How Effective Are the Bivalent Boosters? CDC Shares New Real-World Data on Updated Shots

Here's what to know about how the Omicron boosters stack up against the original COVID vaccines.

man getting covid vaccine

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  • New data shows the updated bivalent COVID vaccines provide additional protection against COVID-19.
  • The updated boosters are now considered to be more effective against current Omicron subvariants than the original monovalent vaccine.
  • The boosters are expected to also provide protection against new and emerging Omicron subvariants—including BQ.1 and BQ.1.1—but experts say it’s still too soon to tell.

New data on the updated COVID-19 vaccines suggest the bivalent boosters are more effective against current strains of the virus compared to the original vaccines.

The Centers for Disease Control and Prevention (CDC) last week published a report in the Morbidity and Mortality Weekly Report showing the first real-world evidence that the bivalent booster provides “significant additional protection against symptomatic SARS-CoV-2 infection.”

The benefit of the bivalent boosters also increased with time since a person’s last monovalent COVID vaccine. Effectiveness jumped from 30% in study participants ages 18–49 who received an original vaccine two to three months ago, to 56% if they received a monovalent COVID vaccine eight or more months earlier.

The real-world findings come following updated clinical trial data from both Pfizer-BioNTech and Moderna on their bivalent boosters earlier in November. Both companies’ bivalent boosters produced significantly higher immune responses, compared to the original COVID-19 vaccines, with similar safety and tolerability profiles.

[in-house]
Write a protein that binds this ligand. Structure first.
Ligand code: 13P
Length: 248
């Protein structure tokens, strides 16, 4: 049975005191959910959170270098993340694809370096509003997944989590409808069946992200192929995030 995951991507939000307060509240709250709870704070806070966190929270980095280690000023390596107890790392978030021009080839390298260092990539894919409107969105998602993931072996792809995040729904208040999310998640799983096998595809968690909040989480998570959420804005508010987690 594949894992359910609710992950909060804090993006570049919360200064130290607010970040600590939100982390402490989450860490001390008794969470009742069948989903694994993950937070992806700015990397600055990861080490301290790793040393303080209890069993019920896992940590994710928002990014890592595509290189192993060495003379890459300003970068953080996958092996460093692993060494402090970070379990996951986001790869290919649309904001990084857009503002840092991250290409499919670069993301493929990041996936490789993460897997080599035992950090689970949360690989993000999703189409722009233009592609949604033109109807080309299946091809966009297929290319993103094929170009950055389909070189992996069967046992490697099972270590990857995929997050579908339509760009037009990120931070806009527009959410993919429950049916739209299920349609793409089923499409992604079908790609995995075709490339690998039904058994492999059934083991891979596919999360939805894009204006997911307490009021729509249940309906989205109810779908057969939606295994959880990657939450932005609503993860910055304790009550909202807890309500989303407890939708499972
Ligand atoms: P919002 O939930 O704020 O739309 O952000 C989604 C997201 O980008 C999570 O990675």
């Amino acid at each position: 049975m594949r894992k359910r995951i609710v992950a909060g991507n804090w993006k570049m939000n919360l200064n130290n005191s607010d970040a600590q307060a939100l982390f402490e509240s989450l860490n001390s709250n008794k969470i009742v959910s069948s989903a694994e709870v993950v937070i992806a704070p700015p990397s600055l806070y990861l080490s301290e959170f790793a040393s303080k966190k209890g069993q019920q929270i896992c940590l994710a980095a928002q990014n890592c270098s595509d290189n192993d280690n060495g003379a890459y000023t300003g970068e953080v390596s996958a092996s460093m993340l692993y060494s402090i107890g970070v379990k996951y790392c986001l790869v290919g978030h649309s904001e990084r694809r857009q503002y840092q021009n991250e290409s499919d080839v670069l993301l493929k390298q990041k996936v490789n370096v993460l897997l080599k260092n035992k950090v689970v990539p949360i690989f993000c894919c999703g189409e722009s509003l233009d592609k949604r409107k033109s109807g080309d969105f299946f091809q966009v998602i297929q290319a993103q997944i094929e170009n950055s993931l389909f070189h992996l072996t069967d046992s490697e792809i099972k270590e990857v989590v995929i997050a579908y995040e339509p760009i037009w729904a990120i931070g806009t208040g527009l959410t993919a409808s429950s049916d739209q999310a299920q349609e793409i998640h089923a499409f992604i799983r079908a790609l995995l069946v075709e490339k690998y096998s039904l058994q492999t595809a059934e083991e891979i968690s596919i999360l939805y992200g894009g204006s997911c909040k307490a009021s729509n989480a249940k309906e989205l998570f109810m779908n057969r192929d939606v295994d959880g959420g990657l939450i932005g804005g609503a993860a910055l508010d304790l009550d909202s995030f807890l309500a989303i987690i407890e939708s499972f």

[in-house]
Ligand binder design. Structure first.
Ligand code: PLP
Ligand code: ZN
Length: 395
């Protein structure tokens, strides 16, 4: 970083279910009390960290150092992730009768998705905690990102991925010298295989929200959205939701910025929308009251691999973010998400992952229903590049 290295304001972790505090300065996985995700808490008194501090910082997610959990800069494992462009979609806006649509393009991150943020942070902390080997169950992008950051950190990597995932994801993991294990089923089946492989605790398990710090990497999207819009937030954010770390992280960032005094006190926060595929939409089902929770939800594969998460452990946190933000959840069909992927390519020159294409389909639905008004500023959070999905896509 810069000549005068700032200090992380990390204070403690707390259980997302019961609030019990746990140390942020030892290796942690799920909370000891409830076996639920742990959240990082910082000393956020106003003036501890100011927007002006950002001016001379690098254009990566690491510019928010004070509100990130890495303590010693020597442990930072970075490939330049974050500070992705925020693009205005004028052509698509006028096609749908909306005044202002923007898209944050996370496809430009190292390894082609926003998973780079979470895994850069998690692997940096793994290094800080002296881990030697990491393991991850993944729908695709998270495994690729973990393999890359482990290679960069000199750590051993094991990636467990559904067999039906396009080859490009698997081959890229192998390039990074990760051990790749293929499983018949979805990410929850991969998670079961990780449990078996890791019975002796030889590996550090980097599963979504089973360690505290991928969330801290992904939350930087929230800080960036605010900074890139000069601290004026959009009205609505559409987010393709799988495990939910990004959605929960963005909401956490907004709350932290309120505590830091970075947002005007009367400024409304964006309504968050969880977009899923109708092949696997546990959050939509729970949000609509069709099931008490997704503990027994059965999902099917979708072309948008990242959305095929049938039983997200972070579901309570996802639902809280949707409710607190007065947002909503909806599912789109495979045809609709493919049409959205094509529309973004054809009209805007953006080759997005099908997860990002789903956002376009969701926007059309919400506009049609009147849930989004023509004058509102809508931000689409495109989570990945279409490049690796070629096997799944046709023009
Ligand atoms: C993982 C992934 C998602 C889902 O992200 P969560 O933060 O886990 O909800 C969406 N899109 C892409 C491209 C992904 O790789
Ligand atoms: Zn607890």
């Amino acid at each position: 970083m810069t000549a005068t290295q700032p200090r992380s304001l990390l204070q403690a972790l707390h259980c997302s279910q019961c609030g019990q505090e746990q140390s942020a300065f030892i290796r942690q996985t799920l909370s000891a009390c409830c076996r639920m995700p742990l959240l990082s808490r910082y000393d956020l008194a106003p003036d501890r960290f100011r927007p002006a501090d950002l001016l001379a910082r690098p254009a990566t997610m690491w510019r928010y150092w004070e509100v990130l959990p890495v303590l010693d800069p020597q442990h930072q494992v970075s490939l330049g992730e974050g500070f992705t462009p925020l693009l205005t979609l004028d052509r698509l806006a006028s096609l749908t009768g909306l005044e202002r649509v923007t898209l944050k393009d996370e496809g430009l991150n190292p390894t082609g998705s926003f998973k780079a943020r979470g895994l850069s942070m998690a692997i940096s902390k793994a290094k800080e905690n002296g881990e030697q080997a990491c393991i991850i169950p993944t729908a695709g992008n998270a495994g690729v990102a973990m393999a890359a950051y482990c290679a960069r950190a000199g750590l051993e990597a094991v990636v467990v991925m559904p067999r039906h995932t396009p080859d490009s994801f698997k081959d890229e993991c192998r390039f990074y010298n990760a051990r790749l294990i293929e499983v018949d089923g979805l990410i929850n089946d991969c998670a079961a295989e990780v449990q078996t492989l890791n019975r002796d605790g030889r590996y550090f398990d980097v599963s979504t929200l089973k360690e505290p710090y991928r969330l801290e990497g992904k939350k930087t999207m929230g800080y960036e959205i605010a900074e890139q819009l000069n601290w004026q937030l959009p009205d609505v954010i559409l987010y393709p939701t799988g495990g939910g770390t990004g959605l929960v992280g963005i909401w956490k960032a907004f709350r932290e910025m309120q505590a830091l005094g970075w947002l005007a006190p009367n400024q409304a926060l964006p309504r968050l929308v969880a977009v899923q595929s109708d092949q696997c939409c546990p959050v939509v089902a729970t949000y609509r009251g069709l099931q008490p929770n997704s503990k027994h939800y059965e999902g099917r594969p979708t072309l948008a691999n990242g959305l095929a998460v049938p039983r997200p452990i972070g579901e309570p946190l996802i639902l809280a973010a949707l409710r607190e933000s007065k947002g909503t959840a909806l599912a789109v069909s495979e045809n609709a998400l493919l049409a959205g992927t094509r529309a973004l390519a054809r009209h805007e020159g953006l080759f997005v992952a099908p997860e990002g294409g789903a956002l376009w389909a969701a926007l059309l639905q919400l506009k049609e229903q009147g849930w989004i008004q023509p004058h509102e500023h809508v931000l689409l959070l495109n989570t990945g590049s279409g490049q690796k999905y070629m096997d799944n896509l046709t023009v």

Combined, the data suggests that all eligible people should receive a bivalent COVID booster in order to stay up to date on vaccinations for continued protection against the virus.

Real-World Data, Clinical Trials Show Bivalent Vaccine Effectiveness

For the CDC study, researchers used data from the Increasing Community Access to Testing (ICATT) national SARS-CoV-2 testing program, which included more than 360,000 nucleic acid amplification tests (NAATs) from nearly 10,000 retail pharmacies. The tests were administered between September 14–November 11, 2022 among people ages 18 and older who had COVID symptoms.

The relative vaccine effectiveness of a bivalent booster dose—compared to two more more monovalent vaccine doses—depended on the time between shots. For people ages 18–49 who received a monovalent dose two to three months earlier, the effectiveness was 30%; for the same group who received a monovalent dose eight or more months earlier, effectiveness rose to 56%.

Relative vaccine effectiveness also decreased slightly as age increased: Among people ages 50–64, bivalent vaccines were 31% and 48% effective depending on time since last monovalent shot; among people ages 65 and older, it was 28% and 43% effective.

Prior to the CDC study, both Moderna and Pfizer-BioNTech shared new clinical trial data from their updated COVID vaccines. Though the company data sets don’t look at the boosters’ ability to prevent COVID cases or severe disease, they do look at lab measurements of antibodies—one of the components of the immune system that fights viruses—and their ability to neutralize the SARS-CoV-2 virus.

According to Kawsar Talaat, MD, an associate professor of international health at the Johns Hopkins Bloomberg School of Public Health and vaccine expert, antibody data is typically a pretty good indicator of how well a vaccine will do in the real world.

"What we have seen in the past is when we compare effectiveness data with antibody data, is that antibody data tends to predict how well people are protected," said Dr. Talaat.